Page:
“Lucy’s coming as well.” Lara turned to look over her shoulder at the entrance to the garage. “She should be—There she is.”

A rumpled, red-eyed Lucy scrambled into the backseat beside Sienna. “What’re we dealing with?”

“Multiple gunshot wounds,” Lara said, “laser burns.”

“Any critical injuries?” Judd pulled out and onto a narrow forest track. “I may be able to get you down there faster, but it’ll wipe me out.”

“It’ll be better if you’re able to help with the healing. Hawke will hold everyone until we get there.”

Judd glanced at the healer, verbalizing the question Sienna had been about to ask. “I realize Hawke can push his strength into those with whom he has a blood bond, but is he able to reach others in the pack as well?”

“Yes.” Lara was checking her phone for updates as she spoke, in touch with the person who had made the original call for help. “It’s not as easy or as effective as the blood bond with the lieutenants, or the bond he has with me, but he can hold them there with the power of his presence.”

“Hierarchy,” Sienna said, realizing the true depth of the foundation that underpinned the pack for the first time. “Wolves will obey their alpha, even in that extremity.”


Sienna turned to Lucy when the nurse reached back to plait her sleepmussed hair. “I can do that if you like.”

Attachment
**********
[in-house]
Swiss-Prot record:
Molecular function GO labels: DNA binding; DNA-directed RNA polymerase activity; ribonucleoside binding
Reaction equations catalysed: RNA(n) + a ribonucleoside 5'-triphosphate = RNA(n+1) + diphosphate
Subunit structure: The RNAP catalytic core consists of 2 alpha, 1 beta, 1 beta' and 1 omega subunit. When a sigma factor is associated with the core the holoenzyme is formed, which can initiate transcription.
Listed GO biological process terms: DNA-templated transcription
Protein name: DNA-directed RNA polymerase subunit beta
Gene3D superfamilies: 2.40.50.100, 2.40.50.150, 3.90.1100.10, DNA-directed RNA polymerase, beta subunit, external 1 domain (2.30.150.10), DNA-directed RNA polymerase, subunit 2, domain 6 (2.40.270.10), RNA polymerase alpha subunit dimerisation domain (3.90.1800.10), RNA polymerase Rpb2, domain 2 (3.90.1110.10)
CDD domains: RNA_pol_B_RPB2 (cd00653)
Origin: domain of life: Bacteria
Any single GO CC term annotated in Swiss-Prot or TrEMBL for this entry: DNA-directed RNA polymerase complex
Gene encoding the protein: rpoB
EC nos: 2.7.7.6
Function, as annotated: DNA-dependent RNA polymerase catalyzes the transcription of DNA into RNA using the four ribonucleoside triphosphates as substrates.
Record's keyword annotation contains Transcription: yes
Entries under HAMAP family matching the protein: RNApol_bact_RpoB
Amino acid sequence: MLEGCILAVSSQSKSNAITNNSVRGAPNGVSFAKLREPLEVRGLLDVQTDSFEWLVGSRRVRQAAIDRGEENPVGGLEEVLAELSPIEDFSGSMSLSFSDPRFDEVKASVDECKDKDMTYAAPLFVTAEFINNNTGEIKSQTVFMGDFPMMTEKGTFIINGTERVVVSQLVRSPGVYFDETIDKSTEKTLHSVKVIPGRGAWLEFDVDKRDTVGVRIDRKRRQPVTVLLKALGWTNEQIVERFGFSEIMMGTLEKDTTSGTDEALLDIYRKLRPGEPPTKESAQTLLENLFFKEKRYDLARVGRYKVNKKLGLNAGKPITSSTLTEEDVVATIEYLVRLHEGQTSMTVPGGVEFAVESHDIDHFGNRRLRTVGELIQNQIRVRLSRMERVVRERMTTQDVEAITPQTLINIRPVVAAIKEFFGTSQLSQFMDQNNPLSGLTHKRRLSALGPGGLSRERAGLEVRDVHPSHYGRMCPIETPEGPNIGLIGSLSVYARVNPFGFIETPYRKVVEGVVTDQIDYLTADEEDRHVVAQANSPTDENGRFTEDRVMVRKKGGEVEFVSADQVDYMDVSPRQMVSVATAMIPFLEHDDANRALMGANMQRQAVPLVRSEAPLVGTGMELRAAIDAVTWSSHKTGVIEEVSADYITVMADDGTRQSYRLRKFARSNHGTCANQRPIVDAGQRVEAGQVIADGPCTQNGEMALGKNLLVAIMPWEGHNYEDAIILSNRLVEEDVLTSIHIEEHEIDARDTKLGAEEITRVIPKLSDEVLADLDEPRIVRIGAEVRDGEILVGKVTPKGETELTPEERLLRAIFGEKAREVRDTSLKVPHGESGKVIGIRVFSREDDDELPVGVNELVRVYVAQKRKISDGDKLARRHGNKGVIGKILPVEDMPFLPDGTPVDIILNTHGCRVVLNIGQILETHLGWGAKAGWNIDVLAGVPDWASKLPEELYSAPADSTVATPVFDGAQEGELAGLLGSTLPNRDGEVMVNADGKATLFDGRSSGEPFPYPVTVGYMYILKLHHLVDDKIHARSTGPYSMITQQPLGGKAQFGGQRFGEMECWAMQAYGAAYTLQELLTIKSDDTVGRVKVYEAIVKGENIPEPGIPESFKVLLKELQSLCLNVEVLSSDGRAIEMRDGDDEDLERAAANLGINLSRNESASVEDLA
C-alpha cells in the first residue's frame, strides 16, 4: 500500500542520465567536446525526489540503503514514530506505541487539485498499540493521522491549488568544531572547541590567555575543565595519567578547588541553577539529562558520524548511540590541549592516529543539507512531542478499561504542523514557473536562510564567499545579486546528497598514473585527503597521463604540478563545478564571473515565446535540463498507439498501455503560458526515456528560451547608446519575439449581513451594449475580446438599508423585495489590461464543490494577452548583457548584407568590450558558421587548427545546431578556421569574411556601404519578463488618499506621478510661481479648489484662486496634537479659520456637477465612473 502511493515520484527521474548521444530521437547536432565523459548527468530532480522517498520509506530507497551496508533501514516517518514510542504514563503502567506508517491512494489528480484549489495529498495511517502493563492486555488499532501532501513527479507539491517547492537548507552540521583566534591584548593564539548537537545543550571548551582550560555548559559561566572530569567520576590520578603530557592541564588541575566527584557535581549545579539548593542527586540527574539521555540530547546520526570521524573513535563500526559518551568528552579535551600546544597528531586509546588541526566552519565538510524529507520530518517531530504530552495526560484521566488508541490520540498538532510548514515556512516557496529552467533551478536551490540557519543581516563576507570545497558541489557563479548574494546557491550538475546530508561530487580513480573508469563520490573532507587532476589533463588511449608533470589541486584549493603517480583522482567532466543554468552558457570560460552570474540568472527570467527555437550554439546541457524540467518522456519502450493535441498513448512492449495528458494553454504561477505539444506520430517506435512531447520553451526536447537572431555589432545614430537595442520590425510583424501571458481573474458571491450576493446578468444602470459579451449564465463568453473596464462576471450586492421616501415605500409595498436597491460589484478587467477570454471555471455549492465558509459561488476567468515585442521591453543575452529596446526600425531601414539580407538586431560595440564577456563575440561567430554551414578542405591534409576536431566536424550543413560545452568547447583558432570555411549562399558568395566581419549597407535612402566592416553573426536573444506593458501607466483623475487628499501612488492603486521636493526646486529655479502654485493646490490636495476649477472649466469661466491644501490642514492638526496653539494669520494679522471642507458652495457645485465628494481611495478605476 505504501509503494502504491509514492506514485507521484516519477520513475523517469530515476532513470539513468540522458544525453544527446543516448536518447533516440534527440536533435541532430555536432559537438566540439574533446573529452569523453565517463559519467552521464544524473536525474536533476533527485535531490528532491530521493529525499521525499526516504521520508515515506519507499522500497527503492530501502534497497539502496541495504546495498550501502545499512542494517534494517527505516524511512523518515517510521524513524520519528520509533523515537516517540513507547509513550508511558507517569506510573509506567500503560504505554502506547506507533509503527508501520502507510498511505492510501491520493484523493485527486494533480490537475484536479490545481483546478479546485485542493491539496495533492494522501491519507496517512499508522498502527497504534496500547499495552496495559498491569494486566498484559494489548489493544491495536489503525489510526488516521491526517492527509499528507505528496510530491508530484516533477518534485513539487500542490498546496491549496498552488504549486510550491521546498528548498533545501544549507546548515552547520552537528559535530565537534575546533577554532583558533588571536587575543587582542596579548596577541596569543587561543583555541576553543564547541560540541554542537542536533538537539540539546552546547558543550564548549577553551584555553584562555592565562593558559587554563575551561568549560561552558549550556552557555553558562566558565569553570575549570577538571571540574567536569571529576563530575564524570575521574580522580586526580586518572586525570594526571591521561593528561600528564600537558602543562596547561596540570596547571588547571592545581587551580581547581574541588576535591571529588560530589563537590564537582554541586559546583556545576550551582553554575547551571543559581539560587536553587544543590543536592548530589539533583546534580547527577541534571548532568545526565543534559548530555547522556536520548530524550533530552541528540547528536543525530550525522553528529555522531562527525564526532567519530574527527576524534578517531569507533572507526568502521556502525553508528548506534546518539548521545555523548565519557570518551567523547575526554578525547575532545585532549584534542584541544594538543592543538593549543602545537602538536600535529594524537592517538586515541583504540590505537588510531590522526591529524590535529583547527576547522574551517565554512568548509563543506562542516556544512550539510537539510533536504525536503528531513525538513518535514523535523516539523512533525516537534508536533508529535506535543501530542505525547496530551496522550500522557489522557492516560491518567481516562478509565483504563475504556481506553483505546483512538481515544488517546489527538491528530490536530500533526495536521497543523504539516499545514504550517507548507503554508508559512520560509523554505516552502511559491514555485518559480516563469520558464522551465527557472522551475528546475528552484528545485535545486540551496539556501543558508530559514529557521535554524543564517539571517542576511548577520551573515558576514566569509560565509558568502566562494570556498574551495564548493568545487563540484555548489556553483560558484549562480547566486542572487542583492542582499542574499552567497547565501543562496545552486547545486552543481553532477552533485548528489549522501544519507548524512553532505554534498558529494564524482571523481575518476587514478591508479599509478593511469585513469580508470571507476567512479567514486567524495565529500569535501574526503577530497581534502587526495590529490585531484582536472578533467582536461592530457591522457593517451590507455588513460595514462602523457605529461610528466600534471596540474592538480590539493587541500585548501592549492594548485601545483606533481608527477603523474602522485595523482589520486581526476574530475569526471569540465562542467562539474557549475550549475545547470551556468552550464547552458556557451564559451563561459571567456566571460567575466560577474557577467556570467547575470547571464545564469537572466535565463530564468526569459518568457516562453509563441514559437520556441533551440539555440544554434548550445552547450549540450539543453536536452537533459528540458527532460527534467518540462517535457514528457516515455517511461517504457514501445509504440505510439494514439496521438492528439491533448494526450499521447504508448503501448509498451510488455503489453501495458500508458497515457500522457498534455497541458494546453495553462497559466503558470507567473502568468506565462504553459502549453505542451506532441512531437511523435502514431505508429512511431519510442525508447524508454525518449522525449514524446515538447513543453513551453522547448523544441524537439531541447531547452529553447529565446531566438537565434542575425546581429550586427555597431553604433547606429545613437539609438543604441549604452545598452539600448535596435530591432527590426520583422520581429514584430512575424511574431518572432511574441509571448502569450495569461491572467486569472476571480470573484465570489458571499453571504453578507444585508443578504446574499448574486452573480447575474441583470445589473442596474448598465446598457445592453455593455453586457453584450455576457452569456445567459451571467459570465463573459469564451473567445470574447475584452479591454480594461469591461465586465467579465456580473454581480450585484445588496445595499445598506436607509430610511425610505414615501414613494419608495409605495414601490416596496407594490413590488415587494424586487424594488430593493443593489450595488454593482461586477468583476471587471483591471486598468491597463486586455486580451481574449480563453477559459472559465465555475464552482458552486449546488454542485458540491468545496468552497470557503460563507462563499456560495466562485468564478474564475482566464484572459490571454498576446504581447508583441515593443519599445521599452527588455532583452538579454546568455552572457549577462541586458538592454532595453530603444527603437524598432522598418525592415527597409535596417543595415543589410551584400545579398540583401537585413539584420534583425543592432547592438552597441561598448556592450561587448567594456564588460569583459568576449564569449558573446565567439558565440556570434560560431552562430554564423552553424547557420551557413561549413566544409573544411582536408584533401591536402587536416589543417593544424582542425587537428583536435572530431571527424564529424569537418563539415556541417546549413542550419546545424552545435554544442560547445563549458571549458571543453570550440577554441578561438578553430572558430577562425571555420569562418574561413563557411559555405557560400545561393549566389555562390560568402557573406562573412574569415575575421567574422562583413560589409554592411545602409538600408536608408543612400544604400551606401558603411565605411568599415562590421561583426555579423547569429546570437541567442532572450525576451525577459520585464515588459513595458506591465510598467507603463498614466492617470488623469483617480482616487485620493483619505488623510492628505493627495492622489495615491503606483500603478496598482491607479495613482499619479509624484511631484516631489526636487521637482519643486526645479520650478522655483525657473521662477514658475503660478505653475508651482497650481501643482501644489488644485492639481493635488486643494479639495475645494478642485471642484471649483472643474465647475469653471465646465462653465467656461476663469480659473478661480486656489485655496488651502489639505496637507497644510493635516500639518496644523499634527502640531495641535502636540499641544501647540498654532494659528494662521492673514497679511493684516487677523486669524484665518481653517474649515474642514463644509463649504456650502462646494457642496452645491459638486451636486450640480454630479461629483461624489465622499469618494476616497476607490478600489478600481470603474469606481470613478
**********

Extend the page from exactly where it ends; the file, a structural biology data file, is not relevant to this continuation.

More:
“Are you going to be okay with so little sleep?” Lucy reminded Sienna of Riley, though they had no physical similarities. It was, she thought, the calm stability of their natures. From everything she’d heard so far, that solid calm would be much needed tonight.

Lucy nodded. “Got used to it when I did some work for CTX during my breaks from nursing school—the news sleeps for no one.” Her stomach growled on the heels of that statement. “Damn, forgot to grab something to eat. Crashed without dinner.”

“Here.” Judd threw a granola bar over the seat. “Had it in my jacket pocket.”

“I avow my love for you here and now,” Lucy said as she tore open the wrapper.

Sienna wondered if Judd had really had the bar, or if he’d executed a deft telekinetic “fetch.” Having witnessed the price it demanded from him, she knew telekinesis wasn’t an easy ability in any sense of the word, but it was one she wouldn’t have minded in place of the fire and pain that was the X designation.

It was that kind of violence, however, that awaited them on a border section of den territory that backed onto DarkRiver land, an area thick with firs that pierced the glittering beauty of the night sky. Two of the cats were there, one of them performing first aid. The other, she realized, as her vision adapted to the glow of the field lamps stuck into the ground, had been shot through the arm—and yet he was attempting to do what he could for the others, all of whom were more badly injured.

“Oh, God,” Lucy whispered, grabbing a medical kit from the truck. “Riordan must’ve come down early for the shift change.”

Sienna followed the nurse’s gaze to see that the big, playful wolf was bleeding heavily from a wound in his abdomen as he sat propped up against a tree. “He’s hurt bad.” So was Elias. The senior soldier appeared to have been hit with a laser along one side, his burnt flesh no doubt causing him horrible pain, though he’d gritted his teeth against the screams. “Where’s Hawke?”